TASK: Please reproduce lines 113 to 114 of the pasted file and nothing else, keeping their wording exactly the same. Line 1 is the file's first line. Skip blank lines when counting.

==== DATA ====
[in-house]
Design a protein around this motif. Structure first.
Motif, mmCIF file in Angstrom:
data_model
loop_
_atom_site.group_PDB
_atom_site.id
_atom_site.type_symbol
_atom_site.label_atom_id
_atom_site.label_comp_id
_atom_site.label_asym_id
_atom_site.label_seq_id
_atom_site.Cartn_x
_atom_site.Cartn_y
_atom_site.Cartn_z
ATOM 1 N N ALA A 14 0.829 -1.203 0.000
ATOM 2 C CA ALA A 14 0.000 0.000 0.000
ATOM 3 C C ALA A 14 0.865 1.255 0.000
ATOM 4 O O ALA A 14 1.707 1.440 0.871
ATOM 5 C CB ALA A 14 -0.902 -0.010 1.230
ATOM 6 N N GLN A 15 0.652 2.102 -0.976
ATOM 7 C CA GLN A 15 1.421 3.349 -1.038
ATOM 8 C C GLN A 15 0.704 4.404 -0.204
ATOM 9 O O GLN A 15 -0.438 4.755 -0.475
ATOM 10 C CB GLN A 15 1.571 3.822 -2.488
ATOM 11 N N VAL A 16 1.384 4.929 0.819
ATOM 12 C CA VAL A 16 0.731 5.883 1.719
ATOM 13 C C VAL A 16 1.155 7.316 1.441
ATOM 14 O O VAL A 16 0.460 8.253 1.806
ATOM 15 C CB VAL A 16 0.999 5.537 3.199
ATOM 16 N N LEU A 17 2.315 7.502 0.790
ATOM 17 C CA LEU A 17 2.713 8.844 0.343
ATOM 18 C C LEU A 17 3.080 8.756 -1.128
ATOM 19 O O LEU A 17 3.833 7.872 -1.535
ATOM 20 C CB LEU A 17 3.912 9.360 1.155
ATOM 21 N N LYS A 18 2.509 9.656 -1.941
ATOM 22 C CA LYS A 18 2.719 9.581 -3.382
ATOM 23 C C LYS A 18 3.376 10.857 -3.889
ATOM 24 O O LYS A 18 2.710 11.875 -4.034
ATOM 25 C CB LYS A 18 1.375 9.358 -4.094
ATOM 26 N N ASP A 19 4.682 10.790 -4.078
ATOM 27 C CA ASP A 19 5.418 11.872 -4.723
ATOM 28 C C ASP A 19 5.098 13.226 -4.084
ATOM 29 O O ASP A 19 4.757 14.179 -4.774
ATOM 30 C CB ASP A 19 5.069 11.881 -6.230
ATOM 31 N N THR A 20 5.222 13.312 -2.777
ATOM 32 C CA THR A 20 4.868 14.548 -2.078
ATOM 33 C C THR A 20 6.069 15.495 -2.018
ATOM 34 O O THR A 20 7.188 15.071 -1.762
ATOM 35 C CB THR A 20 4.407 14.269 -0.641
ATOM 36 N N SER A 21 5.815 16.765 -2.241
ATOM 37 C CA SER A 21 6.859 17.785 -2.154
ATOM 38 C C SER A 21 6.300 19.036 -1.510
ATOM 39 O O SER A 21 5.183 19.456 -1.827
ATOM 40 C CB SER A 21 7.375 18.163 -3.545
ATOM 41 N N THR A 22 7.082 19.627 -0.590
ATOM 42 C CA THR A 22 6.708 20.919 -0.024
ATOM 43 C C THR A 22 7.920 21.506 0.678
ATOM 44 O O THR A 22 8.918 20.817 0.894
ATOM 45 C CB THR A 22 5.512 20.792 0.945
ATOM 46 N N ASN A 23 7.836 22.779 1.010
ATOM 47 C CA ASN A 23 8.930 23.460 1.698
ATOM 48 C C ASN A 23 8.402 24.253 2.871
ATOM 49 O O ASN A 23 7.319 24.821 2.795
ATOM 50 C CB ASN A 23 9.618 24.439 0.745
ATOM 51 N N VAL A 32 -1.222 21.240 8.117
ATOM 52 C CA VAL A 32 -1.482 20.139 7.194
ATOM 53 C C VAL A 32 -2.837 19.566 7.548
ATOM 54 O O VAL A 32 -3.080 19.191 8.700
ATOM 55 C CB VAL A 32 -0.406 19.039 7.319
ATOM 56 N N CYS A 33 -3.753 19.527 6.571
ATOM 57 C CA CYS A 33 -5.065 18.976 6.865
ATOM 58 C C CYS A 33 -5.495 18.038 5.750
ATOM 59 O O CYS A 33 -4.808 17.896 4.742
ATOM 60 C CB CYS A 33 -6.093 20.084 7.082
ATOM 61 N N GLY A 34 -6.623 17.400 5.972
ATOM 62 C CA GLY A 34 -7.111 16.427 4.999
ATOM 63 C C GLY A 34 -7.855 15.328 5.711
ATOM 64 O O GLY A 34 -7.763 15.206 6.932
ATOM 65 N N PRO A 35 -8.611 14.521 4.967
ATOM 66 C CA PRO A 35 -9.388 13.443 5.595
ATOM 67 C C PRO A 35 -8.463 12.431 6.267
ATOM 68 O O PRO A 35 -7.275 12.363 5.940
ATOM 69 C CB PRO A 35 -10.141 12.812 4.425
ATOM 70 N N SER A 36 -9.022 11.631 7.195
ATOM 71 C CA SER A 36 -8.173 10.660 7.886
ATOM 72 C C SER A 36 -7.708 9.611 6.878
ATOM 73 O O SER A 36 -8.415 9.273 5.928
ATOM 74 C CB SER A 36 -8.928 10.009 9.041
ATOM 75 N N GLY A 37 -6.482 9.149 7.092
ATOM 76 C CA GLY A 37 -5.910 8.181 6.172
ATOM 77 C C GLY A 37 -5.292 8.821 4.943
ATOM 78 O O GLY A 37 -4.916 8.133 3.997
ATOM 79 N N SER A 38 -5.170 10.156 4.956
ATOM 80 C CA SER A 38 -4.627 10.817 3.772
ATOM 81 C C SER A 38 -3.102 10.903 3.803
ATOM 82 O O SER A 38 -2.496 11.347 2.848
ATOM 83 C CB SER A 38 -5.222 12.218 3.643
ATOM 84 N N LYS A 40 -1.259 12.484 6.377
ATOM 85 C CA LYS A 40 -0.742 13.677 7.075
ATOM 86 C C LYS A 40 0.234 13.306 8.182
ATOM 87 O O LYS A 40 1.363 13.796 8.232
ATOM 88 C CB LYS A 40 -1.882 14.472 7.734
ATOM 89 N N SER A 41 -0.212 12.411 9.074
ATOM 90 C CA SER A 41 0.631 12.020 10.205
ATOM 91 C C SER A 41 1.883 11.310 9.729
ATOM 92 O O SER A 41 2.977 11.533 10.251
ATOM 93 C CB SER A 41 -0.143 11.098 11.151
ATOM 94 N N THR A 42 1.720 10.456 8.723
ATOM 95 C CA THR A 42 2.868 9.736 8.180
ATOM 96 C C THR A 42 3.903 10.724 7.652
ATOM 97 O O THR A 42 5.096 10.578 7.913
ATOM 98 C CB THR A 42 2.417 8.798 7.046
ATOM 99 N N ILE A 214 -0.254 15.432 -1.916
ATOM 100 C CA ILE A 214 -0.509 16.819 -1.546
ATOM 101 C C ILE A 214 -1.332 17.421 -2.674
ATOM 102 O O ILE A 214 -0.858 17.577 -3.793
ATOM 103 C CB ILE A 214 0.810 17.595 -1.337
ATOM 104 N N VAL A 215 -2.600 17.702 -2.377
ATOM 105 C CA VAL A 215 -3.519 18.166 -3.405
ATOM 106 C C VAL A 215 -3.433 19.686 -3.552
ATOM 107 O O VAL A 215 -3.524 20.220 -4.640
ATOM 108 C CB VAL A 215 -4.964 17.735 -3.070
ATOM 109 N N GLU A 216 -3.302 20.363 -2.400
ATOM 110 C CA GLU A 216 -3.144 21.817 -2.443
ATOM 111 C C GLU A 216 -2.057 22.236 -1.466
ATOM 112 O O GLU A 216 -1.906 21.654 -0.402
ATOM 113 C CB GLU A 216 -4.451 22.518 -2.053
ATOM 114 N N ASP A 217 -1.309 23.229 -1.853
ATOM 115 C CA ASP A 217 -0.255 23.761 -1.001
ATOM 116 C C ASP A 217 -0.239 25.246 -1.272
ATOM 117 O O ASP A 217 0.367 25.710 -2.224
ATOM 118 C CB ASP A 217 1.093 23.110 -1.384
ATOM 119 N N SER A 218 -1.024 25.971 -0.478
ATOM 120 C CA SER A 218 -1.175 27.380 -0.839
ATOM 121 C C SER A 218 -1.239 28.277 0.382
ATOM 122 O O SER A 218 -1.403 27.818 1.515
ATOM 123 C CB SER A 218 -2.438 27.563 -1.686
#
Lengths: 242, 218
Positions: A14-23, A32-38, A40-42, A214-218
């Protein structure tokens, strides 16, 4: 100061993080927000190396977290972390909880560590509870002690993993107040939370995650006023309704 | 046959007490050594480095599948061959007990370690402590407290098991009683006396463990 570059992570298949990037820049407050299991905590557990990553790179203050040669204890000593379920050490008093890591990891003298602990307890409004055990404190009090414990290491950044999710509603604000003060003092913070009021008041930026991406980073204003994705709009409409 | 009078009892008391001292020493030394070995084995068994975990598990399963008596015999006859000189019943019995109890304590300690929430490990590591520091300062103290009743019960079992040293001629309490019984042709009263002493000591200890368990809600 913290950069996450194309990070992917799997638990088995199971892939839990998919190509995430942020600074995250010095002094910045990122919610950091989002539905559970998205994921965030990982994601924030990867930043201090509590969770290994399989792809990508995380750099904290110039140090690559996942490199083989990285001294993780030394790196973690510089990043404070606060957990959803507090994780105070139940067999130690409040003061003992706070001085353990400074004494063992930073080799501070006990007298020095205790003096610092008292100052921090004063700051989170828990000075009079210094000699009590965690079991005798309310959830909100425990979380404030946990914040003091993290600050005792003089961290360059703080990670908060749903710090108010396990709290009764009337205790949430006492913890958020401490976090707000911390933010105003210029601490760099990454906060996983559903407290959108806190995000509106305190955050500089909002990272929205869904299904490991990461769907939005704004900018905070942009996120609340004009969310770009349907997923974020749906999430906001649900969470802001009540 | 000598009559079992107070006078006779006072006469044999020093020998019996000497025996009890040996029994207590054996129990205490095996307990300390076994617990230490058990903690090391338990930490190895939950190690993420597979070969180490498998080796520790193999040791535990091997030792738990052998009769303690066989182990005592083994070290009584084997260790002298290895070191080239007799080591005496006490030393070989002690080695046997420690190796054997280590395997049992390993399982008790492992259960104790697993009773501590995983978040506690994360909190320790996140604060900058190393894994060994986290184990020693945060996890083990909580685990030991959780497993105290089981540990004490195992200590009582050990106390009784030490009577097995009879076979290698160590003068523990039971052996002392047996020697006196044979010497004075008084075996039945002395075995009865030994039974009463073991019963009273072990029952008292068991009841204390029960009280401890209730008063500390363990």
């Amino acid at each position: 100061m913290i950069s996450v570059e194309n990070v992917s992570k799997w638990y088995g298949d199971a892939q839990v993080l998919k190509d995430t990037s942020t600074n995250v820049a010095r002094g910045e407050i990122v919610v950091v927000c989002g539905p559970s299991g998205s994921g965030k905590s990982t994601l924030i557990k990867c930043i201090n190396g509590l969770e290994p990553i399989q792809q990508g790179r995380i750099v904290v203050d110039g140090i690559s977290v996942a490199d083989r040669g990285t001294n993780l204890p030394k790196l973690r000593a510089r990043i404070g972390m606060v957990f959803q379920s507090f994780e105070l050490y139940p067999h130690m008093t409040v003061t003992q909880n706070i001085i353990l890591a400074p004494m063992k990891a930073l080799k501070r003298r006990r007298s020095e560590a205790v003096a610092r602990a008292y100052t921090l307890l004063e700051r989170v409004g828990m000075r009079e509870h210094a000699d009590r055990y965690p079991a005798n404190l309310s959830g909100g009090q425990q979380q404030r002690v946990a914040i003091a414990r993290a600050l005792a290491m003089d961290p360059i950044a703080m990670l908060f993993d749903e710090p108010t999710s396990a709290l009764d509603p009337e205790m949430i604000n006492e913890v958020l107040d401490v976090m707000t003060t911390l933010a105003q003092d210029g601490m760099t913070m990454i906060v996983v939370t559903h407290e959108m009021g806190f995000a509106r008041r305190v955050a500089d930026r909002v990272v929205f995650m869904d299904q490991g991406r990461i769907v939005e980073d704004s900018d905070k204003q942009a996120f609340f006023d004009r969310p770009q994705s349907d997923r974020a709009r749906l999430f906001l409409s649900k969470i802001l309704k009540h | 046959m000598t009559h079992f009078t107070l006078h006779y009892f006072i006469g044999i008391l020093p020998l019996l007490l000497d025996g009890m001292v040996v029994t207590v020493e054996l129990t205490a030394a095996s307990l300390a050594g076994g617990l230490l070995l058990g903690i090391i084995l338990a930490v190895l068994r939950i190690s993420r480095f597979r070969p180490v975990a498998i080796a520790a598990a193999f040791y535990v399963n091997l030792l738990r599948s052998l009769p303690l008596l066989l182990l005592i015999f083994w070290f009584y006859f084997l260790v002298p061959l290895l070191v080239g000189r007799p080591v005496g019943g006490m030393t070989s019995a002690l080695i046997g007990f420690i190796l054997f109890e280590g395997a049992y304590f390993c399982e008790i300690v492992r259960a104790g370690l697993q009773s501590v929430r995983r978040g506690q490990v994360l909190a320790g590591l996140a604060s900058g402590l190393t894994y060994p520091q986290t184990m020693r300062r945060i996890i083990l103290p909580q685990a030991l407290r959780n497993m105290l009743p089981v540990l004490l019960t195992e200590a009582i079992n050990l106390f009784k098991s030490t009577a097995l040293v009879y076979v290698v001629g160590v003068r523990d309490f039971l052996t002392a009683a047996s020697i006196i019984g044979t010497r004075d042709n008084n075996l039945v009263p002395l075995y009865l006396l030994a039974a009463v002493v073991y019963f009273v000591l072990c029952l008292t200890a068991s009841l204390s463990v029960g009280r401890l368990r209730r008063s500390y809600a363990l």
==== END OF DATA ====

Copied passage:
ATOM 98 C CB THR A 42 2.417 8.798 7.046
ATOM 99 N N ILE A 214 -0.254 15.432 -1.916